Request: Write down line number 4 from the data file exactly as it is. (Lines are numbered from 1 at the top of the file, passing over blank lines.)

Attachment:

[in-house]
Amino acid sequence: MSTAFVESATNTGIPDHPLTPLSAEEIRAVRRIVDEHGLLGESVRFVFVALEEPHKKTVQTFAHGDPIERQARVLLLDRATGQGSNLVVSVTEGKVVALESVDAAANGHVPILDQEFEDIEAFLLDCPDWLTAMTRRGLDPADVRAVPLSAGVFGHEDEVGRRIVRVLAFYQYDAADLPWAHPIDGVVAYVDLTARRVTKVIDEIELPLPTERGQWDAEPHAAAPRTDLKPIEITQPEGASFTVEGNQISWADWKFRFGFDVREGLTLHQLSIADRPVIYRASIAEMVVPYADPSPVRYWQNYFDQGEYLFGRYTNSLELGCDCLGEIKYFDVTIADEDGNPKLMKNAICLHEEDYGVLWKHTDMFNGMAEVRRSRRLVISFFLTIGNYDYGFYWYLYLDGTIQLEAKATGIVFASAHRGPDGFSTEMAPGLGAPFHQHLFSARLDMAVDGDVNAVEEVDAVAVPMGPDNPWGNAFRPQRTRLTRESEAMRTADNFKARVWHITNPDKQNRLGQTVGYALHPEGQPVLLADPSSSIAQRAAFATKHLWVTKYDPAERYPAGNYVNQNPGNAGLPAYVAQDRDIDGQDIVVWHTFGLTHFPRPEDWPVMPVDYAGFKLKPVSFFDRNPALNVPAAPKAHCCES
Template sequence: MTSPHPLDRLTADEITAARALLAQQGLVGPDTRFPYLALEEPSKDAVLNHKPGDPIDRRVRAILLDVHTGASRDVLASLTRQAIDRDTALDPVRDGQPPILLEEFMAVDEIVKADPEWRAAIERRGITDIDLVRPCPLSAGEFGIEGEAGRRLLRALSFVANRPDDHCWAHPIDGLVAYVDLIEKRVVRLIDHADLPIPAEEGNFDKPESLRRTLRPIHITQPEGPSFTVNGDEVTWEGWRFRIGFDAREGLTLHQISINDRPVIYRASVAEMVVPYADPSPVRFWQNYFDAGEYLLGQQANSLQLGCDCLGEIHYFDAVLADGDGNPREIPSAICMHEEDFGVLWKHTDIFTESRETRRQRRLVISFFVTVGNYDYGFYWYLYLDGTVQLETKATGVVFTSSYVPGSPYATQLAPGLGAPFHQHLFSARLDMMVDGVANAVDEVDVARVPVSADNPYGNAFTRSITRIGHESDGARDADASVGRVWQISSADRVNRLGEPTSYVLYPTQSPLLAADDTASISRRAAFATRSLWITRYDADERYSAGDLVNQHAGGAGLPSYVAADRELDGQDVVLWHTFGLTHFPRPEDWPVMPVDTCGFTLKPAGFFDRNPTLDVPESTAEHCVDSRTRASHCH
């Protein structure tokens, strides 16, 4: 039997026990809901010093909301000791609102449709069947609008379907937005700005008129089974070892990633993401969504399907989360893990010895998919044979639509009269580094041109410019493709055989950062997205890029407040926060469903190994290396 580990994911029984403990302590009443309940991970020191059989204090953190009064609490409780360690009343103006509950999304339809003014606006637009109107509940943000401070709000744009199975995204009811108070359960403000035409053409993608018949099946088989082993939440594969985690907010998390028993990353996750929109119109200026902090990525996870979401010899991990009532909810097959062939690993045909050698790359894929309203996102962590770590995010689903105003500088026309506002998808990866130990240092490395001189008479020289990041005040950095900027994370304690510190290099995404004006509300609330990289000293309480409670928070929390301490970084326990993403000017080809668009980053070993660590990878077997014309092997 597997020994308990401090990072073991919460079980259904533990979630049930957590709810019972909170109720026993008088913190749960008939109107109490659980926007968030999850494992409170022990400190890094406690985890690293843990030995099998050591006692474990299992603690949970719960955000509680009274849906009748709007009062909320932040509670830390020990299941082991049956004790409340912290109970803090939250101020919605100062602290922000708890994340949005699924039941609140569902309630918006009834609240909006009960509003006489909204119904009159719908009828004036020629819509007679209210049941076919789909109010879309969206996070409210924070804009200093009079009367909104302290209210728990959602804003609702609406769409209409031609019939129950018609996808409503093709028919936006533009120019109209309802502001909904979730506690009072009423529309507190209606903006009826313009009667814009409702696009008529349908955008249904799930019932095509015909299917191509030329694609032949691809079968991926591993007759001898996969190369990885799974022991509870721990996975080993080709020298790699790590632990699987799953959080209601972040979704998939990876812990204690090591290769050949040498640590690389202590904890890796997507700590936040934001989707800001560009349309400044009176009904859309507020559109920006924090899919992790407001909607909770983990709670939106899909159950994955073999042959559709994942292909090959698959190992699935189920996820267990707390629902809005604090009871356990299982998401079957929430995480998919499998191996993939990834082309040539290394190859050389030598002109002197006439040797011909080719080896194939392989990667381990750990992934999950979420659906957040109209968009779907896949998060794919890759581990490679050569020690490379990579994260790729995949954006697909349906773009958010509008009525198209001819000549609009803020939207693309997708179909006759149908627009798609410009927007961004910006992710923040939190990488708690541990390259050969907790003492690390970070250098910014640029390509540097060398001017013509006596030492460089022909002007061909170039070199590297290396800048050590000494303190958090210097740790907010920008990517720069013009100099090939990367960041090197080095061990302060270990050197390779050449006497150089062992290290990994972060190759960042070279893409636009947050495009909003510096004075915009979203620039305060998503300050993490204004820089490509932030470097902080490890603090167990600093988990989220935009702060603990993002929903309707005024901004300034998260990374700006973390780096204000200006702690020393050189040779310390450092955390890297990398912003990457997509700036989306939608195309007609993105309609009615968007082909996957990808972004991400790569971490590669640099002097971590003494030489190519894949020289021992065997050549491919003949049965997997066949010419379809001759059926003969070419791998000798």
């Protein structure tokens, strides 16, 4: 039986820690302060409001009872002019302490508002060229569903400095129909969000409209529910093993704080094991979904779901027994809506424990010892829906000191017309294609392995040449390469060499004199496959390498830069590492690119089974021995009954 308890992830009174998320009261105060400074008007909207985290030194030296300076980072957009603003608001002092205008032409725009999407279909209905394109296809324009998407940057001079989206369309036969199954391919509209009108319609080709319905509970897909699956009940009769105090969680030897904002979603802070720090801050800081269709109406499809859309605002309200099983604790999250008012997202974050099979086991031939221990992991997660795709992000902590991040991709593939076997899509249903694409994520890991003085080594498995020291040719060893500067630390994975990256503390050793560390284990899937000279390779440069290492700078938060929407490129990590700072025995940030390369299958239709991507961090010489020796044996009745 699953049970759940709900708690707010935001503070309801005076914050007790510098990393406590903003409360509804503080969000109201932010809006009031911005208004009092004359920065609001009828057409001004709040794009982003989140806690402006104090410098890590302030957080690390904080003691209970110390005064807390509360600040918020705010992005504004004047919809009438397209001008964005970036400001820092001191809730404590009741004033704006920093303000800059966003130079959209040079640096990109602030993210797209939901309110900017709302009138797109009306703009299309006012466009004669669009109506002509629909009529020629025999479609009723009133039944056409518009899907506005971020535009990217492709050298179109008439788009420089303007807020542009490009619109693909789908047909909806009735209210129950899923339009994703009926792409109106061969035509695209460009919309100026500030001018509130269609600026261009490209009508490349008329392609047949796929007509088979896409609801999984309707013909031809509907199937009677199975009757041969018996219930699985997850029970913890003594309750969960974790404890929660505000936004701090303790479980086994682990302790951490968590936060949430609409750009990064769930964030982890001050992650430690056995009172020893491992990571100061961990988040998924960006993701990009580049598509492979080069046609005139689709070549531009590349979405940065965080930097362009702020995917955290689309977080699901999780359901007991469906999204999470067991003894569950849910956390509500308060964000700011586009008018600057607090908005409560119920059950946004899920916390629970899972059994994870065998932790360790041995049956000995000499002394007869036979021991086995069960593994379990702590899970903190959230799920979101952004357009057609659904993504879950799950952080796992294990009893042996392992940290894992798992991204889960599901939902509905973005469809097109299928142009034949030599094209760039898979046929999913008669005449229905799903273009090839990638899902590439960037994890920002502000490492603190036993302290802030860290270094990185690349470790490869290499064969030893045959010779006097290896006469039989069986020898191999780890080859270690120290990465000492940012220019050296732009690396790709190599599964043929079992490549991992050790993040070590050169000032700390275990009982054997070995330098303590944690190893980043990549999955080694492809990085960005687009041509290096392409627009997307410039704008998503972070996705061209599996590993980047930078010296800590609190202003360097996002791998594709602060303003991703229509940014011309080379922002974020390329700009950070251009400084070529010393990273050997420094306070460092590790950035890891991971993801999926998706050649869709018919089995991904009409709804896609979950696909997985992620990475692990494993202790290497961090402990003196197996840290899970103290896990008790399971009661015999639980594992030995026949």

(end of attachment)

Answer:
């Protein structure tokens, strides 16, 4: 039997026990809901010093909301000791609102449709069947609008379907937005700005008129089974070892990633993401969504399907989360893990010895998919044979639509009269580094041109410019493709055989950062997205890029407040926060469903190994290396 580990994911029984403990302590009443309940991970020191059989204090953190009064609490409780360690009343103006509950999304339809003014606006637009109107509940943000401070709000744009199975995204009811108070359960403000035409053409993608018949099946088989082993939440594969985690907010998390028993990353996750929109119109200026902090990525996870979401010899991990009532909810097959062939690993045909050698790359894929309203996102962590770590995010689903105003500088026309506002998808990866130990240092490395001189008479020289990041005040950095900027994370304690510190290099995404004006509300609330990289000293309480409670928070929390301490970084326990993403000017080809668009980053070993660590990878077997014309092997 597997020994308990401090990072073991919460079980259904533990979630049930957590709810019972909170109720026993008088913190749960008939109107109490659980926007968030999850494992409170022990400190890094406690985890690293843990030995099998050591006692474990299992603690949970719960955000509680009274849906009748709007009062909320932040509670830390020990299941082991049956004790409340912290109970803090939250101020919605100062602290922000708890994340949005699924039941609140569902309630918006009834609240909006009960509003006489909204119904009159719908009828004036020629819509007679209210049941076919789909109010879309969206996070409210924070804009200093009079009367909104302290209210728990959602804003609702609406769409209409031609019939129950018609996808409503093709028919936006533009120019109209309802502001909904979730506690009072009423529309507190209606903006009826313009009667814009409702696009008529349908955008249904799930019932095509015909299917191509030329694609032949691809079968991926591993007759001898996969190369990885799974022991509870721990996975080993080709020298790699790590632990699987799953959080209601972040979704998939990876812990204690090591290769050949040498640590690389202590904890890796997507700590936040934001989707800001560009349309400044009176009904859309507020559109920006924090899919992790407001909607909770983990709670939106899909159950994955073999042959559709994942292909090959698959190992699935189920996820267990707390629902809005604090009871356990299982998401079957929430995480998919499998191996993939990834082309040539290394190859050389030598002109002197006439040797011909080719080896194939392989990667381990750990992934999950979420659906957040109209968009779907896949998060794919890759581990490679050569020690490379990579994260790729995949954006697909349906773009958010509008009525198209001819000549609009803020939207693309997708179909006759149908627009798609410009927007961004910006992710923040939190990488708690541990390259050969907790003492690390970070250098910014640029390509540097060398001017013509006596030492460089022909002007061909170039070199590297290396800048050590000494303190958090210097740790907010920008990517720069013009100099090939990367960041090197080095061990302060270990050197390779050449006497150089062992290290990994972060190759960042070279893409636009947050495009909003510096004075915009979203620039305060998503300050993490204004820089490509932030470097902080490890603090167990600093988990989220935009702060603990993002929903309707005024901004300034998260990374700006973390780096204000200006702690020393050189040779310390450092955390890297990398912003990457997509700036989306939608195309007609993105309609009615968007082909996957990808972004991400790569971490590669640099002097971590003494030489190519894949020289021992065997050549491919003949049965997997066949010419379809001759059926003969070419791998000798």